Value-added may be key to improving potato sales - The Packer

Value-added may be key to improving potato sales

03/21/2007 12:00:00 AM
Fred Wilkinson

(March 21) BROOMFIELD, Colo. — Attendees at the U.S. Potato Board’s annual meeting were urged to develop value-added products and promote convenient uses for spuds to turn around stagnant sales.

From 2000-06, fresh sales were down 4%, with retail and foodservice showing similar trends even as the U.S. population grew by 6%, said Tim O’Connor, president and chief executive officer of the Denver-based board, which is marking its 35th year.

Potato growers have made strides in managing supply, but increasing profitability lies in creating demand for value-added potato products, O’Connor said.

He urged merchandising partnerships with retailers rather than just price promotions.

“We’re doing sales. We need to start doing marketing,” O’Connor said.

To help reach this goal, the board has begun its Best in Class program.

The effort combines retail promotions — focusing on assortment and price — and interactive demonstrations at elementary schools.

The program has been established in Sacramento, Calif.; St. Louis; and Harrisburg, Pa., working with retailers Raley’s, Schnuck Markets and Giant.

CONVENIENCE

In order to make it easier for consumers to enjoy potatoes, the board has worked with the Turover Strauss Group, Springfield, Mo., to develop 21 recipes for one-dish meals or side dishes that can be prepared and cooked in less than 30 minutes using a microwave oven.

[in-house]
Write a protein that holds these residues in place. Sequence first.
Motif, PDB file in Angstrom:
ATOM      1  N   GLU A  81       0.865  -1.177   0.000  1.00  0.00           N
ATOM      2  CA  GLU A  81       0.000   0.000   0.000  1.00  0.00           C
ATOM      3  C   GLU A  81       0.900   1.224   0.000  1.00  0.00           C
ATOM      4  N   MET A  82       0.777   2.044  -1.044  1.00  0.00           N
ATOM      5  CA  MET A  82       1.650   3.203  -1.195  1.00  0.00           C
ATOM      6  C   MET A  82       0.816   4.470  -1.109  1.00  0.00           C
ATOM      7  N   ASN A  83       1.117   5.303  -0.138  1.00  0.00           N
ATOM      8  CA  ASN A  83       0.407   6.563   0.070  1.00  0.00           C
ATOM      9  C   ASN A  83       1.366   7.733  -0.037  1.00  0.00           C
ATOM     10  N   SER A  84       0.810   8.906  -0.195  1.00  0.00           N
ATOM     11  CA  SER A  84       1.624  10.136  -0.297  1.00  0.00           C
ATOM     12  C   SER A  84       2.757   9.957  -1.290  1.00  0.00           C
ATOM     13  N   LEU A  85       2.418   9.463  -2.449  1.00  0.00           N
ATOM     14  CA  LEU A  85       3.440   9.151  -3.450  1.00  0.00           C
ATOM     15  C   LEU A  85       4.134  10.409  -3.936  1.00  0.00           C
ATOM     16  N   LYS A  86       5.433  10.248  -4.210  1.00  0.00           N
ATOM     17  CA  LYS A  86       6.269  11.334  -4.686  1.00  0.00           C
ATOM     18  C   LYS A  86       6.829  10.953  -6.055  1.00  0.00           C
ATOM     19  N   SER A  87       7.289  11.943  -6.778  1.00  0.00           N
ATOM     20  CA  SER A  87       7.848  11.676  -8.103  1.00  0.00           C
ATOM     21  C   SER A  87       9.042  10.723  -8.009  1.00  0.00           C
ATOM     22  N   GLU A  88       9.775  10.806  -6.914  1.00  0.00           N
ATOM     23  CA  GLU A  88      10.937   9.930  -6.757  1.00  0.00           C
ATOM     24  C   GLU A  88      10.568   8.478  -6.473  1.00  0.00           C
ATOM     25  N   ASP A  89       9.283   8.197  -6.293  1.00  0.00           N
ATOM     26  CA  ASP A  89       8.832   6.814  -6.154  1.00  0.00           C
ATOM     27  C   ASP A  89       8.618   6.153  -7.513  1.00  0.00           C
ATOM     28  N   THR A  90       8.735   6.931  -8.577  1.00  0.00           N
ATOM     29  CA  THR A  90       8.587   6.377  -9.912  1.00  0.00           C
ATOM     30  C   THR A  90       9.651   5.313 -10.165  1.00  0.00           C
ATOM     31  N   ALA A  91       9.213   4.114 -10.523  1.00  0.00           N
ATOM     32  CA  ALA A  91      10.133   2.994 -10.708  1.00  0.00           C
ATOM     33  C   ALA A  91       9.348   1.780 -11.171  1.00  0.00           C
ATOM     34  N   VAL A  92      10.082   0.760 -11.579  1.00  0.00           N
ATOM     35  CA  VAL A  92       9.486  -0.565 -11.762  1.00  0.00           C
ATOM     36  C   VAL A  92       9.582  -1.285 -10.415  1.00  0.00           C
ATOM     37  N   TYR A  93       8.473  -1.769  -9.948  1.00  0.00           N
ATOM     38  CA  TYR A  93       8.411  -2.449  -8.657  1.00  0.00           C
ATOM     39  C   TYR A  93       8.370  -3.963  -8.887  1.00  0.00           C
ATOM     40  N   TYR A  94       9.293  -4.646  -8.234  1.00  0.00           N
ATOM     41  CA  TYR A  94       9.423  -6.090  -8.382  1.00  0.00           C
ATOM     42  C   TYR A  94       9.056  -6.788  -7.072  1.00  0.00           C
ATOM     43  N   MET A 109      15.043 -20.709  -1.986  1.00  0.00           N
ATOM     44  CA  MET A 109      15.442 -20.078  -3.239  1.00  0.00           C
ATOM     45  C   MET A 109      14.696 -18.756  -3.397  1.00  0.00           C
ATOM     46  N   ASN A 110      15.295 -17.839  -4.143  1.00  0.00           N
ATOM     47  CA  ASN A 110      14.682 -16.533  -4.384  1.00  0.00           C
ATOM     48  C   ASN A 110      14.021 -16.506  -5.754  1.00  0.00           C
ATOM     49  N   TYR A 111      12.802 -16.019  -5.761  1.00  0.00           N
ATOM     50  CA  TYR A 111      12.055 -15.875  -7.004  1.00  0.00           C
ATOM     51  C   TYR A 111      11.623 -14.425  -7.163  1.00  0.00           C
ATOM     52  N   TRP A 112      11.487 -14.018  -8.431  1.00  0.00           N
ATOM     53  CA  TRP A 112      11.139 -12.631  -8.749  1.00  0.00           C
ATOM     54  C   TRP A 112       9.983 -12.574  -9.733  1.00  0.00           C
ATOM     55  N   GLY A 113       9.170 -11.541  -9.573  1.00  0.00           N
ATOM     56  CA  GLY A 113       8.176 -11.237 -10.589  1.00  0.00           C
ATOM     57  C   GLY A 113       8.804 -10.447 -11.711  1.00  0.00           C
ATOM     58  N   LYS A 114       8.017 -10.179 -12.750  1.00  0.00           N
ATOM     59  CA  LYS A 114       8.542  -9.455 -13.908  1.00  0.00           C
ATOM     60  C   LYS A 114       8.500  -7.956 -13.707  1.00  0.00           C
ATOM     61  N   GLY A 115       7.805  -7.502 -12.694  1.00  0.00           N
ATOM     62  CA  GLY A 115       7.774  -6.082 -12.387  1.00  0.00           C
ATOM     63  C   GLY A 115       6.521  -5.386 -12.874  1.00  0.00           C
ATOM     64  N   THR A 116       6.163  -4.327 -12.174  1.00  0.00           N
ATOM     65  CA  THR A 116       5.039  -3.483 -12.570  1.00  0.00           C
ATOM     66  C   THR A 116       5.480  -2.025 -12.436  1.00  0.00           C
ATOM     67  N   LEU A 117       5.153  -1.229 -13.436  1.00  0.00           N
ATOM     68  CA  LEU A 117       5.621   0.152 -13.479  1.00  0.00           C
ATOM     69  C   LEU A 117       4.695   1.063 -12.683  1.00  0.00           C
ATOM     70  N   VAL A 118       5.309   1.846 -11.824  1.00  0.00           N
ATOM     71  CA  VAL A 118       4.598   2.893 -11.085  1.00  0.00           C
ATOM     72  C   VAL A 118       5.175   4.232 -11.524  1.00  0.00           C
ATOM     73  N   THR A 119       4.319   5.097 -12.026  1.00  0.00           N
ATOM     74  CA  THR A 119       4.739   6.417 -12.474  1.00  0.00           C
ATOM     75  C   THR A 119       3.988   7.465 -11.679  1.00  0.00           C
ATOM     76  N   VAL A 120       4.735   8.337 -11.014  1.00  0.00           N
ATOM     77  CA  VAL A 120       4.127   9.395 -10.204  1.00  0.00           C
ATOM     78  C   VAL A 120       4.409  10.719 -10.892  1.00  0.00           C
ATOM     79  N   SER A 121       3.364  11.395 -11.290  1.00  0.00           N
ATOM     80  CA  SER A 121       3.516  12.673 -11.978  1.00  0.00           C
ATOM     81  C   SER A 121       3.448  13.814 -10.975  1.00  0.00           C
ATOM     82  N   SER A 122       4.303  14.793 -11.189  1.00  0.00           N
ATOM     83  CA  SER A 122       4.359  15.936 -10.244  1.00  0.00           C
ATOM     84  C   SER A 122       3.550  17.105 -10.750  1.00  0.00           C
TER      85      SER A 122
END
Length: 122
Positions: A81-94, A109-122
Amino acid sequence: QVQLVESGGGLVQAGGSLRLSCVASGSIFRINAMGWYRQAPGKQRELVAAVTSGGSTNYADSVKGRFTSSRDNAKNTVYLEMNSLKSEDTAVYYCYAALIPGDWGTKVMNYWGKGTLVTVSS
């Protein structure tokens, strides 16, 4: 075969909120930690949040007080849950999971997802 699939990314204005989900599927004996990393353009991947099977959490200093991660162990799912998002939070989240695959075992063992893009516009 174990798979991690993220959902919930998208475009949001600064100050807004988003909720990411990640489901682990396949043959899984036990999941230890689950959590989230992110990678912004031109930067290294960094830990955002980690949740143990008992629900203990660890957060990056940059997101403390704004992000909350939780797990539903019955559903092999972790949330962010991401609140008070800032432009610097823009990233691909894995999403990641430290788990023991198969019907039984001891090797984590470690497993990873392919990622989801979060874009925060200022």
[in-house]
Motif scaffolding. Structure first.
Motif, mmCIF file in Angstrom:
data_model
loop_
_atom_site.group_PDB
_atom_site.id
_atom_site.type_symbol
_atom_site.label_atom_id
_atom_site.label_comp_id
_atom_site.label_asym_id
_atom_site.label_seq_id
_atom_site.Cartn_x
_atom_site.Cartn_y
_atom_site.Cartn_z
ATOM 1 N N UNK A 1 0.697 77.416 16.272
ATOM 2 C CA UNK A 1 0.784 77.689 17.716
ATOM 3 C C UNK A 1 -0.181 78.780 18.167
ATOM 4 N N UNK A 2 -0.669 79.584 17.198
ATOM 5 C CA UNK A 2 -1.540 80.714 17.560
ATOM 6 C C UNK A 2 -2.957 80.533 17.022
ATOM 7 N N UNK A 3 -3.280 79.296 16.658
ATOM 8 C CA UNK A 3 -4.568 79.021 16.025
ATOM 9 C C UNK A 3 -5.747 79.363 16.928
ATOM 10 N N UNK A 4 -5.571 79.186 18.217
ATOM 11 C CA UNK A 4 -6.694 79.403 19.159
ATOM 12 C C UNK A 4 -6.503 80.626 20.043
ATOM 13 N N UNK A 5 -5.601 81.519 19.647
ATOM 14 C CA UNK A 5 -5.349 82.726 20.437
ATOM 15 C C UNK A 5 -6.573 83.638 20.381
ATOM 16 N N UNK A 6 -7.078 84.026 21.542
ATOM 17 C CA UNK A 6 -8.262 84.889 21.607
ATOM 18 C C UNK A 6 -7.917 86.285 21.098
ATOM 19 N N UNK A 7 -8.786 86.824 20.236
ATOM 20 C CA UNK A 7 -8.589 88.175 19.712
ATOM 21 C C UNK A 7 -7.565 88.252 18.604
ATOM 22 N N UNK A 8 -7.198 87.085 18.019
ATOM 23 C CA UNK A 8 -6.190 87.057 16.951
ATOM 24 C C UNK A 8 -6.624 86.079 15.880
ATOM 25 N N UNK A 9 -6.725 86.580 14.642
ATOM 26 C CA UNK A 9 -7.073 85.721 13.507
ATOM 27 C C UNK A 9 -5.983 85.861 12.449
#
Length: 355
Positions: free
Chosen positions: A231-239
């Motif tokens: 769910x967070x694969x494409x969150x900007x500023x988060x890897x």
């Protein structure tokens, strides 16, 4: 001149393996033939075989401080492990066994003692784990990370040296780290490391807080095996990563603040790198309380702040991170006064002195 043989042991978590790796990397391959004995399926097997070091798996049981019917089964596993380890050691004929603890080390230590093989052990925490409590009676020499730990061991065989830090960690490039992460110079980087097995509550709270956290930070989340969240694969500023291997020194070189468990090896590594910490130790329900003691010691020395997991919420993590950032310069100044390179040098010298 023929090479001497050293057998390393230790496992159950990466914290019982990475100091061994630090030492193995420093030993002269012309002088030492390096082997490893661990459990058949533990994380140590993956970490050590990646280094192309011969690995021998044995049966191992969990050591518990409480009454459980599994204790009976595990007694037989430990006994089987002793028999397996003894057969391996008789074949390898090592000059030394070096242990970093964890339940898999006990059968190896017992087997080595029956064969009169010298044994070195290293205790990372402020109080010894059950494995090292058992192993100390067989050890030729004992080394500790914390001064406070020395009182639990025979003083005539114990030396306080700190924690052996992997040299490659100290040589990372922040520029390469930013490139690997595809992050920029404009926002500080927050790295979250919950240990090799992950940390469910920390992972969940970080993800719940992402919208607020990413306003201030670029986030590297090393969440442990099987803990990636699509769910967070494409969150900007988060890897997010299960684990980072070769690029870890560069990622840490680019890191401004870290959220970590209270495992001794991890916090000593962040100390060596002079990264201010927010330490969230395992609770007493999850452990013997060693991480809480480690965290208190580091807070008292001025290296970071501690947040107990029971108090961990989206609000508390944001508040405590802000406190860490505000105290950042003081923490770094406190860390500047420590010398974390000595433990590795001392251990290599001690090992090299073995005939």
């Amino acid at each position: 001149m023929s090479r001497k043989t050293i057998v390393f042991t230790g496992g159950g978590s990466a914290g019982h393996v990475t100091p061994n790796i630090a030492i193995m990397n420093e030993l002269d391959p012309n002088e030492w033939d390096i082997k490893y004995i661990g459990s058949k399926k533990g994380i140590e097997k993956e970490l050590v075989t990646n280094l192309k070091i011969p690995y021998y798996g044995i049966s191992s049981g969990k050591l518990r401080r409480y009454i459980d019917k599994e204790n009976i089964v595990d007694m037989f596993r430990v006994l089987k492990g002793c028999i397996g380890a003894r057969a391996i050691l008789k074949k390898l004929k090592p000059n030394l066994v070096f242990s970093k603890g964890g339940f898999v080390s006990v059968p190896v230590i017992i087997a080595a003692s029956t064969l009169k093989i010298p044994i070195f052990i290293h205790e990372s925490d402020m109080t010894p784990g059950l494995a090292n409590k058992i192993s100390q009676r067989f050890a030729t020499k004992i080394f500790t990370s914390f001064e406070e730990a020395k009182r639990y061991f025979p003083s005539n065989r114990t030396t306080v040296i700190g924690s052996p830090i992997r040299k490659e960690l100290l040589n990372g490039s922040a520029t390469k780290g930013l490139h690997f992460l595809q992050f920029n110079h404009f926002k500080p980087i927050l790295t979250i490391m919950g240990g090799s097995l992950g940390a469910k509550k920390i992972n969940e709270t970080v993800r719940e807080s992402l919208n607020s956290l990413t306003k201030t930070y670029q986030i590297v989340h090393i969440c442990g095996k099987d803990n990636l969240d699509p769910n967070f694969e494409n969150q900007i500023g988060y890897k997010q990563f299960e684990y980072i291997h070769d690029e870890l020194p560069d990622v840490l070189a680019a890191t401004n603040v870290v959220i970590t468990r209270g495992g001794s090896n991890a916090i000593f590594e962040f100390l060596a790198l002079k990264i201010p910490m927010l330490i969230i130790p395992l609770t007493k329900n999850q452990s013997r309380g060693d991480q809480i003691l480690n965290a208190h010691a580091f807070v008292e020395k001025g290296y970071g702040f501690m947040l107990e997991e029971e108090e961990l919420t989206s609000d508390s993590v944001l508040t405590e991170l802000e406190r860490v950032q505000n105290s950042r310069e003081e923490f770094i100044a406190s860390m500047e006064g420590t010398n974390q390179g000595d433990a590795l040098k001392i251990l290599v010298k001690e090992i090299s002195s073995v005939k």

Developed with the help of chef Dustin Hilinski, the meals include French onion chicken and potatoes, cheeseburger and potato stick casserole, potato lasagna and microwave au gratin potatoes.

NUTRITION

While the low-carbohydrate diet fad of a few years back has cooled off, many consumers — 25% — still associate potatoes with fattening food, said research consultant Larry Noedel of Noedel Marketing Research, St. Louis.

His research found 13% of consumers are on low-carb diets, and 40% say they are trying to eat mashed or baked potatoes less often.

The health aspect is crucial, Noedel said, and to change consumers’ perception of potatoes, he developed four possible marketing messages:

  • It’s OK to love potatoes;

  • Good carbs are a good thing;

  • Fresh potato sides in 15 minutes or less; and

  • Faster, healthier dinners.



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